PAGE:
Allium ursinum and low genetic variability

Allium ursinum L. in Germany – surprisingly low genetic variability (Herden, T., Neuffer, B. and Friesen, N. (2012), Allium ursinum L. in Germany – surprisingly low genetic variability. Feddes Repert., 123: 81–95. doi: 10.1002/fedr.201200019 ) is an interesting article about biogeography of Allium ursinum ,stating:

“Sequences of the nuclear internal transcribed spacer ITS, and the external transcribed spacer ETS, as well as the plastidic trn L-rpl 32 and the trn L-trn F spacer regions were compared. No variation was detected within the species. Even sequences of populations from Belfast, Ireland did not differ from populations of Germany”

What does it mean?Basically that Allium ursinum plants from the following old illustrations are probably genetically almost identical as the plants being sold on Ljubljana grocery market today!Have a look!

Image

 

File:Britishentomologyvolume2Plate366.jpg

 An illustration from British Entomology by John Curtis. Coleoptera: Adimonia 4-maculata Phyllobrotica quadrimaculata (Orange-and-black Galeruca).The plant is Allium ursinum (Ramsons) 1840, from:http://commons.wikimedia.org/wiki/File:Britishentomologyvolume2Plate366.jpg

File:Allium ursinum — Flora Batava — Volume v11.jpg

Janus Kops,Flora Batava of Afbeelding en Beschrijving van Nederlandsche Gewassen, XI. Deel. (1853),from:http://commons.wikimedia.org/wiki/File:Allium_ursinum_%E2%80%94_Flora_Batava_%E2%80%94_Volume_v11.jpg

File:Allium ursinum Sturm36.jpg

Bären-Lauch, Allium ursinum, 1796, from:http://commons.wikimedia.org/wiki/File:Allium_ursinum_Sturm36.jpg

File:Illustration Allium ursinum0.jpg

Original book source: Prof. Dr. Otto Wilhelm Thomé Flora von Deutschland, Österreich und der Schweiz 1885, Gera, Germany

Source: www.biolib.de from:http://commons.wikimedia.org/wiki/File:Illustration_Allium_ursinum0.jpg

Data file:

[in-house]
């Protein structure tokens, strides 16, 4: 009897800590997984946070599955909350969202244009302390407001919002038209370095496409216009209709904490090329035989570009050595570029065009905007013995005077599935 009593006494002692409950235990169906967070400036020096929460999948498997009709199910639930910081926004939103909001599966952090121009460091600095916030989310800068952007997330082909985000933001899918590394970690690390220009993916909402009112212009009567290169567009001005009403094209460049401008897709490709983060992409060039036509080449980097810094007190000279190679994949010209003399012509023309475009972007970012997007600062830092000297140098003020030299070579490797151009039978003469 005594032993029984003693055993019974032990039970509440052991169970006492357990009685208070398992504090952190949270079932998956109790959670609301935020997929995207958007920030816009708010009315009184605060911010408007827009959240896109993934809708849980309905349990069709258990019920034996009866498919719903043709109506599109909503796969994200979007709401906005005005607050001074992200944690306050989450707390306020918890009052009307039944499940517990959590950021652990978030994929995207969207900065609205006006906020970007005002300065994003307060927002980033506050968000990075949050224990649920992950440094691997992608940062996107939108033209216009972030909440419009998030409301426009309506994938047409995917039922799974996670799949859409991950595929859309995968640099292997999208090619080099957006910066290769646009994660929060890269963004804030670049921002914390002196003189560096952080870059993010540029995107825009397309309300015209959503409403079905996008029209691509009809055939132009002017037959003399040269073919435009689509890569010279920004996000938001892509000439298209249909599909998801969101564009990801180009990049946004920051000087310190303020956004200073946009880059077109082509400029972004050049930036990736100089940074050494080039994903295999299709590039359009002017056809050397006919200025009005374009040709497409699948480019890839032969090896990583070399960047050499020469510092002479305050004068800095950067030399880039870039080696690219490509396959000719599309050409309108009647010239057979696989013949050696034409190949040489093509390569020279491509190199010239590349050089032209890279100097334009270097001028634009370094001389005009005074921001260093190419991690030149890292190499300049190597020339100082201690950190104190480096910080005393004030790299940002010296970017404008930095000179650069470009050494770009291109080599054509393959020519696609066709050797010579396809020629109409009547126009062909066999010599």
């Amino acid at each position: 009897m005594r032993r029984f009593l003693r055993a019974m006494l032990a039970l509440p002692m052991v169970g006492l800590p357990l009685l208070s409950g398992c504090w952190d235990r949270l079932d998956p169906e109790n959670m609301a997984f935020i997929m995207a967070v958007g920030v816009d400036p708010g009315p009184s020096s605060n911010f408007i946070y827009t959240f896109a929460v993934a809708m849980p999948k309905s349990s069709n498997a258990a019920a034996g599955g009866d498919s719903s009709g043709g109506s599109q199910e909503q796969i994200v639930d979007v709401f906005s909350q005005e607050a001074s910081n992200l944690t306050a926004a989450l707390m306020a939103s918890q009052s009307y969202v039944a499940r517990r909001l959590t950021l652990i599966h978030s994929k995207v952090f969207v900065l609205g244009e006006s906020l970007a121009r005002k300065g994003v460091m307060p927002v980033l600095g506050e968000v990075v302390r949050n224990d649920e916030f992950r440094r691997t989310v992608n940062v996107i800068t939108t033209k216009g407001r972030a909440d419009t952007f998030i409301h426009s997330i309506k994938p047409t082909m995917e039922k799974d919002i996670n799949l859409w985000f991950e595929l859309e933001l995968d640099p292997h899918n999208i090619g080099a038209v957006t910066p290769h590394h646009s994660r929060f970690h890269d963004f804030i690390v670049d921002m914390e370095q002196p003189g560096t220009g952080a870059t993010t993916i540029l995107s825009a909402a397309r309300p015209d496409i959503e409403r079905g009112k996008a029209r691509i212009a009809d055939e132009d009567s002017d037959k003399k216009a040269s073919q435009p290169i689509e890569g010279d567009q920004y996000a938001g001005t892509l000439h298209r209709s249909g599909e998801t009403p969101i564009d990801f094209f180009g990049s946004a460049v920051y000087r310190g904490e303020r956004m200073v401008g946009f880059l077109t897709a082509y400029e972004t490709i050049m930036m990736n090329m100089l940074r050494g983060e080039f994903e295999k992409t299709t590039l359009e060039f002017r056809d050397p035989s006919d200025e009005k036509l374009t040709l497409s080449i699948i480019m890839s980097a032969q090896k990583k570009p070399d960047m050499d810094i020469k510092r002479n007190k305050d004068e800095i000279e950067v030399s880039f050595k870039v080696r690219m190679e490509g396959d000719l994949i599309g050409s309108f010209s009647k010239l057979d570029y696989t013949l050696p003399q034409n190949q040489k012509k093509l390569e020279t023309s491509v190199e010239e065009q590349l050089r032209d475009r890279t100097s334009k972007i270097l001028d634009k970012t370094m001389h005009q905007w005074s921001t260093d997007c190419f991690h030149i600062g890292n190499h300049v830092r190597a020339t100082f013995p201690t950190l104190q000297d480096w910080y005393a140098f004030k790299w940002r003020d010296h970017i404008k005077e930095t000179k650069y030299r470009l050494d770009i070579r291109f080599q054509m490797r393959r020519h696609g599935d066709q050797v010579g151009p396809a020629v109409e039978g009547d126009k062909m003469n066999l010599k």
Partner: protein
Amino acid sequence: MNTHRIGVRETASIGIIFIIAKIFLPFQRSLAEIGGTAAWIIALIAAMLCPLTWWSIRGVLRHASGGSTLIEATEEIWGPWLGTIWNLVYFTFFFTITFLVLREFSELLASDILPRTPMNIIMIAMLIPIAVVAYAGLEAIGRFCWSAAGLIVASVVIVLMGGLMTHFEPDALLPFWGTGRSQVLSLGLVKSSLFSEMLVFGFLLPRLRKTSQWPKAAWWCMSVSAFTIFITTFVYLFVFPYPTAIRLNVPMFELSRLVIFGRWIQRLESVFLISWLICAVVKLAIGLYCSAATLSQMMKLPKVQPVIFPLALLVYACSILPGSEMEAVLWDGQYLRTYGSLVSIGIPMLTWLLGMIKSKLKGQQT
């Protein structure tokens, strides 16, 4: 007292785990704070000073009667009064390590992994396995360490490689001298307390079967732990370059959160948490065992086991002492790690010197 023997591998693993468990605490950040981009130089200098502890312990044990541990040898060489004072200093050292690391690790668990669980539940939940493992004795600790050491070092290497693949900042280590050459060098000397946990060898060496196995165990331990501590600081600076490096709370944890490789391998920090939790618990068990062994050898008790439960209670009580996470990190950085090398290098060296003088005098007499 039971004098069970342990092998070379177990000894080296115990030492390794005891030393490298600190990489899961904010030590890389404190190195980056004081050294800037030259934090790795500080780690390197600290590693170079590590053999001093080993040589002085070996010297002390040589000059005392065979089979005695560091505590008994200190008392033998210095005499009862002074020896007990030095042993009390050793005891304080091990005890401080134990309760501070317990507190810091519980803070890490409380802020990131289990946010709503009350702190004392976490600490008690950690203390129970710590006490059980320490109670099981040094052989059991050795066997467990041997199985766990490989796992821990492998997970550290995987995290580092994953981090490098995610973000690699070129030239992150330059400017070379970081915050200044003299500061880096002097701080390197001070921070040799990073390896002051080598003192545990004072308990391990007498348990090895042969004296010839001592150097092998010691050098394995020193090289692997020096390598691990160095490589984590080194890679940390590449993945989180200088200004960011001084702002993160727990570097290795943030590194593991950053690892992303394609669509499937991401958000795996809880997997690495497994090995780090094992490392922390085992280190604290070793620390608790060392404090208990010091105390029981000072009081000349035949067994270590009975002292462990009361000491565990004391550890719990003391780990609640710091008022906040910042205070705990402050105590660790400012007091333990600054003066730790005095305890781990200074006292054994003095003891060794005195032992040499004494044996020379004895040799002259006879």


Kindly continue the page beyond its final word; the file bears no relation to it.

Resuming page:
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16 thoughts on “Allium ursinum and low genetic variability

    1. Would you believe I made just some pics, there have been some poisonings already as its leaves are very similar to poisonous lilly of the valley.So I will wait till I can pick it myself 😉

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  1. Interesting. So the implication is – that it’s a species of very recent origin? Or that it’s been through a genetic bottleneck when the population was nearly wiped out and then the range was recolonized by descendants of a small, local population (as is thought to have happened with Cheetahs)?

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  2. I have this in my garden, it is the first herb that comes out of his hiding, it tastes lovely, you can use it in many dishes, it blooms with nice white flowers for a very long time and spreads like mad, needs damp soil and light shade but grows everywhere even in dry soil and full sun, after flowering it disappears under ground again

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      1. I think you have to experiment with herbes, see what you like. I use it in salads, but you can use it to sprinkle(chop it finely)it on top of a cup of soup or an omelette, you can decorate your plates with one or 2 leafs, etc

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